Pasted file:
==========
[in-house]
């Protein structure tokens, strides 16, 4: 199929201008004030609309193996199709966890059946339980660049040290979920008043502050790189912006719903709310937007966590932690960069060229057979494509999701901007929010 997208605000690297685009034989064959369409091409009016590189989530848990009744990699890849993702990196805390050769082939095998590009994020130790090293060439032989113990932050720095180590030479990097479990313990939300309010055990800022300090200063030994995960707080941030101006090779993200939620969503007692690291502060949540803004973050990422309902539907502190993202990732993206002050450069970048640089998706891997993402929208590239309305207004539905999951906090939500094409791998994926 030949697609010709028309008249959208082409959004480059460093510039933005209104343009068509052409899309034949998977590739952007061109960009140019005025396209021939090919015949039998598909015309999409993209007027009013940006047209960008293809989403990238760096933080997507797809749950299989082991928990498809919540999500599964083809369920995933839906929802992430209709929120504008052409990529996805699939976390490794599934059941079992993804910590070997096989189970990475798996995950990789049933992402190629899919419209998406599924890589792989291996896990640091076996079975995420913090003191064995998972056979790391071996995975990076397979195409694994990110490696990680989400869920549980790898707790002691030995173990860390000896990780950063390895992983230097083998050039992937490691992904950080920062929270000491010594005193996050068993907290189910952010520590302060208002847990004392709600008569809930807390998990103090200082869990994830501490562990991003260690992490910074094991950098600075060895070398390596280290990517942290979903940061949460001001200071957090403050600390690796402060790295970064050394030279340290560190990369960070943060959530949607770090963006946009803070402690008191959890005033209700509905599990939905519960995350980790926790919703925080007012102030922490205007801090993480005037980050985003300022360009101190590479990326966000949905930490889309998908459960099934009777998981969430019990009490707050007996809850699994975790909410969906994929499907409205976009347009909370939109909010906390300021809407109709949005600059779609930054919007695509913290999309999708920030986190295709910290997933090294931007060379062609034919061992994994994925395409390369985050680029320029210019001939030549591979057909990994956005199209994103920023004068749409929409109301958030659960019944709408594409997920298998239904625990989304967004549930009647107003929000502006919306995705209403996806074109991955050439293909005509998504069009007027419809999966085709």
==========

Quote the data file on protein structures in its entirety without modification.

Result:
[in-house]
């Protein structure tokens, strides 16, 4: 199929201008004030609309193996199709966890059946339980660049040290979920008043502050790189912006719903709310937007966590932690960069060229057979494509999701901007929010 997208605000690297685009034989064959369409091409009016590189989530848990009744990699890849993702990196805390050769082939095998590009994020130790090293060439032989113990932050720095180590030479990097479990313990939300309010055990800022300090200063030994995960707080941030101006090779993200939620969503007692690291502060949540803004973050990422309902539907502190993202990732993206002050450069970048640089998706891997993402929208590239309305207004539905999951906090939500094409791998994926 030949697609010709028309008249959208082409959004480059460093510039933005209104343009068509052409899309034949998977590739952007061109960009140019005025396209021939090919015949039998598909015309999409993209007027009013940006047209960008293809989403990238760096933080997507797809749950299989082991928990498809919540999500599964083809369920995933839906929802992430209709929120504008052409990529996805699939976390490794599934059941079992993804910590070997096989189970990475798996995950990789049933992402190629899919419209998406599924890589792989291996896990640091076996079975995420913090003191064995998972056979790391071996995975990076397979195409694994990110490696990680989400869920549980790898707790002691030995173990860390000896990780950063390895992983230097083998050039992937490691992904950080920062929270000491010594005193996050068993907290189910952010520590302060208002847990004392709600008569809930807390998990103090200082869990994830501490562990991003260690992490910074094991950098600075060895070398390596280290990517942290979903940061949460001001200071957090403050600390690796402060790295970064050394030279340290560190990369960070943060959530949607770090963006946009803070402690008191959890005033209700509905599990939905519960995350980790926790919703925080007012102030922490205007801090993480005037980050985003300022360009101190590479990326966000949905930490889309998908459960099934009777998981969430019990009490707050007996809850699994975790909410969906994929499907409205976009347009909370939109909010906390300021809407109709949005600059779609930054919007695509913290999309999708920030986190295709910290997933090294931007060379062609034919061992994994994925395409390369985050680029320029210019001939030549591979057909990994956005199209994103920023004068749409929409109301958030659960019944709408594409997920298998239904625990989304967004549930009647107003929000502006919306995705209403996806074109991955050439293909005509998504069009007027419809999966085709």